Arts in Durham

Creativity in the Bull City

Duke is under two miles from downtown Durham, which is defined by its creative community spirit. Galleries and arts non-profits throw open their doors every Third Friday, free concerts pop up at American Tobacco in the summer, jazz buzzes downtown in April’s Art of Cool Festival, and the arts meet tech at American Underground and at the annual Moogfest.

Studying the arts in a smaller culture-rich city has its perks, too. For example, the Rubenstein Arts Center gives Duke Arts an opportunity to invite more local artists onto campus for arts projects and residencies—giving students the chance to get to know professionals in their field. The Power Plant Gallery includes occasional undergraduate and graduate student work in its exhibition program, which directly links Duke’s visual arts to downtown.

In Durham, if you have a good idea and a couple of willing collaborators, you can make your creative project a reality.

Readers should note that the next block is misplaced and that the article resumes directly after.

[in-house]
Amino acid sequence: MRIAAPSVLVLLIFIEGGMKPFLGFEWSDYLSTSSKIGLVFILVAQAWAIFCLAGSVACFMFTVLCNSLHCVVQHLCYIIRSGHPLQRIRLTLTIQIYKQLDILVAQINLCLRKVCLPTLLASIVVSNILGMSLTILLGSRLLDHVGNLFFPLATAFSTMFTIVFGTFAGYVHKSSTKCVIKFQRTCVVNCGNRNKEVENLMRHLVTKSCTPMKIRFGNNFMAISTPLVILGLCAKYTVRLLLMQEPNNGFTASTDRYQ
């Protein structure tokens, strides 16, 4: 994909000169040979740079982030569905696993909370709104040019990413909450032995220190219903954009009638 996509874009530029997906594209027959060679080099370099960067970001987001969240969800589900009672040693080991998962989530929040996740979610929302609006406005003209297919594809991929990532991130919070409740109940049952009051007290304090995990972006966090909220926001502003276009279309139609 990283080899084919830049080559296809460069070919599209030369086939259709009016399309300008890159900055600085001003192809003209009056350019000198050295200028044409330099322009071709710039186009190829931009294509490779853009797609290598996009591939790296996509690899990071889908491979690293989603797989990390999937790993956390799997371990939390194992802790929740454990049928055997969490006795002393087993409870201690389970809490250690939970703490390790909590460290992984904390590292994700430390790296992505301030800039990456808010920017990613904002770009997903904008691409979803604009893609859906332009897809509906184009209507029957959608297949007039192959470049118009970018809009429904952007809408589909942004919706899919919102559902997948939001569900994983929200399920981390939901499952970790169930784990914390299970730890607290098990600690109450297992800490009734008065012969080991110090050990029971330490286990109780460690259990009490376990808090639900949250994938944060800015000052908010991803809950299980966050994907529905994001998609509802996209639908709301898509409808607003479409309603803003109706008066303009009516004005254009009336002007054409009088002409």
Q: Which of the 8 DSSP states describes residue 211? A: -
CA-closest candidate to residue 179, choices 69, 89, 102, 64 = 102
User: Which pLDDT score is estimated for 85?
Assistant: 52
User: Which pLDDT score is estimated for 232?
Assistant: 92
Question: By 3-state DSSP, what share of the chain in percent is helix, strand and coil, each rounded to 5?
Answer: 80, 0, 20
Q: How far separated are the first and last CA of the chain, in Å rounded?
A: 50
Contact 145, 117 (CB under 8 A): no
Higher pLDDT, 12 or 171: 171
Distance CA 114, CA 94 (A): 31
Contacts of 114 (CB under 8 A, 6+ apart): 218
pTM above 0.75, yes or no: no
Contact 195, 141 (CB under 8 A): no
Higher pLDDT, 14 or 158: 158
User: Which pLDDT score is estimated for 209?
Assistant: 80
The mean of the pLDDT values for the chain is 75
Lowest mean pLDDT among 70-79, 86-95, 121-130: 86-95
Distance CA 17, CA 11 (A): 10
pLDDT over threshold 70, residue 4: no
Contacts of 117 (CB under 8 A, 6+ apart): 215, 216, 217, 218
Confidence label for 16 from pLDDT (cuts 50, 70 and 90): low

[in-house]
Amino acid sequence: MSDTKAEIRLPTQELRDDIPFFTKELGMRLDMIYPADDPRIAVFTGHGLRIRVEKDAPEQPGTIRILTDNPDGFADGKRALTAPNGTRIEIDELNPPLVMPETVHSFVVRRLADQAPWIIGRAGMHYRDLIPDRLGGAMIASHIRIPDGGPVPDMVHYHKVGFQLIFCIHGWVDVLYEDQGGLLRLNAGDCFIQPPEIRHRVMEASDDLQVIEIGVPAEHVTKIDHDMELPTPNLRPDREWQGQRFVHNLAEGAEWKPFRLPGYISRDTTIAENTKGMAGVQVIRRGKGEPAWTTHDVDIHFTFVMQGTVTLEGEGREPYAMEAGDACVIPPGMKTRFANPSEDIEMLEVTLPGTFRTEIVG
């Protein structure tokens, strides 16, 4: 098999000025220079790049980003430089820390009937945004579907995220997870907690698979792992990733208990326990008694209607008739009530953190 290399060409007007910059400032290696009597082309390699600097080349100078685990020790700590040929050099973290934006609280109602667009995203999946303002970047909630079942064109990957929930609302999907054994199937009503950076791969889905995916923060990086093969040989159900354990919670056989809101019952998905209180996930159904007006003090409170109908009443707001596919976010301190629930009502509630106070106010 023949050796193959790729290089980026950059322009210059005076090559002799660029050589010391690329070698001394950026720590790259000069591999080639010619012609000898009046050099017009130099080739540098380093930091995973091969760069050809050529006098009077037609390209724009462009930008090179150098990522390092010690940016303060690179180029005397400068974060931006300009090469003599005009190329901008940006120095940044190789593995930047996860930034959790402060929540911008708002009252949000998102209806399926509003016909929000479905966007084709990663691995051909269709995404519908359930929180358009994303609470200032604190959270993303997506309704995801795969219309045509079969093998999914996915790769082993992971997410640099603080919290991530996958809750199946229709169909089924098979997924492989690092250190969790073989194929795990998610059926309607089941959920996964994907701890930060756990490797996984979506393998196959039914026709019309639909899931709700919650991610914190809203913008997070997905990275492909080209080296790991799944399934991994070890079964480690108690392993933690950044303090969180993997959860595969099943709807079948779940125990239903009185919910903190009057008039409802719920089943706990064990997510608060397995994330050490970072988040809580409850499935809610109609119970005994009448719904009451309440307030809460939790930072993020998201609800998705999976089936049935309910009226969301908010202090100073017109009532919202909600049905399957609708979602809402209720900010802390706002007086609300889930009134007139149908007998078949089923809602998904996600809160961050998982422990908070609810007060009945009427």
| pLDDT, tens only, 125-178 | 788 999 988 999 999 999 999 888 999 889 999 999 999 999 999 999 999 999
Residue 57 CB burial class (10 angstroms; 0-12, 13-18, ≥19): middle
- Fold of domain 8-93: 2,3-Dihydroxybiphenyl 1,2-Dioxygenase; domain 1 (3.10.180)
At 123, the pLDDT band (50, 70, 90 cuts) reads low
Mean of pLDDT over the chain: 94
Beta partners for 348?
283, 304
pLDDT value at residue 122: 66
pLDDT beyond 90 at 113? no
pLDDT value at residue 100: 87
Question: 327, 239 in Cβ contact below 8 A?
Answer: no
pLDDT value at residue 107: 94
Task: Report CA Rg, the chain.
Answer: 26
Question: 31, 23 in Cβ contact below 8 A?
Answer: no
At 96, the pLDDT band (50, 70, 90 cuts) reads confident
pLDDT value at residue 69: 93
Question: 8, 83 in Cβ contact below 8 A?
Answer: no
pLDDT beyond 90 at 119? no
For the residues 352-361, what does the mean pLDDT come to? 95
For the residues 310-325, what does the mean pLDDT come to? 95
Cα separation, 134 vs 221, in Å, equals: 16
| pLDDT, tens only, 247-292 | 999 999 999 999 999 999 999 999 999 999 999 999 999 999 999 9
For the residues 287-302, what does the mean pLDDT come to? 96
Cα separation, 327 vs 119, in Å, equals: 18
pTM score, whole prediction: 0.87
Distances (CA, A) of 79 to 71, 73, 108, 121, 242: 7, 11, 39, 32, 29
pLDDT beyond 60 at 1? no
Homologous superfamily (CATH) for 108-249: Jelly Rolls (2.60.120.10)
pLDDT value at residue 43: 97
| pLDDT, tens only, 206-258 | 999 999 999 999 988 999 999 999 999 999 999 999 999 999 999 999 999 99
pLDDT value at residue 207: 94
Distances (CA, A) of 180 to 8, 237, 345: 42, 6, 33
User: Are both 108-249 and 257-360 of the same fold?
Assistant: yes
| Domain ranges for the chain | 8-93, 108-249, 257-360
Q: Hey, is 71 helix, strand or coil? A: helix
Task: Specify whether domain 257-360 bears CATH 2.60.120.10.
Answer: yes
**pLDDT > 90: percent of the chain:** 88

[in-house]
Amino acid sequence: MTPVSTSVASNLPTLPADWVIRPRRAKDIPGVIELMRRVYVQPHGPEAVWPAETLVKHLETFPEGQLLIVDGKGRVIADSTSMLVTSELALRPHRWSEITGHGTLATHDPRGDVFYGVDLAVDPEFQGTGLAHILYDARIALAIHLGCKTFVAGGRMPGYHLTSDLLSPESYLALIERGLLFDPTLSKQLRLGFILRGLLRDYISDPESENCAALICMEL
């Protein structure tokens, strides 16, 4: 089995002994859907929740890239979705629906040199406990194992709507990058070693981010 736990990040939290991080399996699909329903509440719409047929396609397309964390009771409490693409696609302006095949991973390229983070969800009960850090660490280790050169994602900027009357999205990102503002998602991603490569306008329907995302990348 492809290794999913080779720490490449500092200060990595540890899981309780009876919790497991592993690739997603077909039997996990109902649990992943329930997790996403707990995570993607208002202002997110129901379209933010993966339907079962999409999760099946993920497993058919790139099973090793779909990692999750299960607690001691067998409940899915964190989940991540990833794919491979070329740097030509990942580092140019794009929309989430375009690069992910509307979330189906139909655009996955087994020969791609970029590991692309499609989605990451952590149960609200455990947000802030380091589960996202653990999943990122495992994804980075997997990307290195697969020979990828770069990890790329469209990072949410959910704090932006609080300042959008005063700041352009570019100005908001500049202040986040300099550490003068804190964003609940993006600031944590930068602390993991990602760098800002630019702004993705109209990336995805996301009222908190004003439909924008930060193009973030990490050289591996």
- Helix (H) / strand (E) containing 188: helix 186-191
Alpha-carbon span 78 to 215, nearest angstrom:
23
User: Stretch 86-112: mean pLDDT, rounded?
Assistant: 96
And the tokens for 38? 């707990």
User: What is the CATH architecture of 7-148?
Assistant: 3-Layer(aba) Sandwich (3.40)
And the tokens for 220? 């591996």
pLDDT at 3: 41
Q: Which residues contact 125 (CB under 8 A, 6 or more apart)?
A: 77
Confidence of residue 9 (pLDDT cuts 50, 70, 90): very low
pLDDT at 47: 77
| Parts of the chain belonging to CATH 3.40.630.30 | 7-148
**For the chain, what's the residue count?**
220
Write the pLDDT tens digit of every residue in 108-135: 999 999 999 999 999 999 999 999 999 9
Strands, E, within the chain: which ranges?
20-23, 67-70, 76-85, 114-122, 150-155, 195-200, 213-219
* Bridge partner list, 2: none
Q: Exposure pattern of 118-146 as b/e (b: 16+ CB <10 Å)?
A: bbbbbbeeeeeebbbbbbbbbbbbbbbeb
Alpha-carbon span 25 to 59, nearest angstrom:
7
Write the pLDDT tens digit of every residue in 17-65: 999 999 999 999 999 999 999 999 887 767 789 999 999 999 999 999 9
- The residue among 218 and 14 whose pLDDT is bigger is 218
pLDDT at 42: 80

Durham Performing Arts Center at night. Photo by Estlin Haiss.

“The tobacco and textile industries left their imprint on Durham long ago, but now the historic brick mills and repurposed factories form the backdrop of North Carolina’s re-energized Bull City. Recently, artist studios and upstart galleries have multiplied in the flourishing downtown area, where new bakeries, pizzerias, tapas bars and food trucks — and trailers and buses and even the odd tricycle — seem to surface at every turn. Since Big Tobacco is dead, consider this cool mix of culture and food the new Durham blend.”

The New York Times, “36 Hours in Durham

NC is for Artists

Renowned artists in all mediums call North Carolina home. Explore the NC State Art Council’s project “50 for 50” to read profiles from Sylvan Esso, the Duffer Brothers (creators of Stranger Things), and others.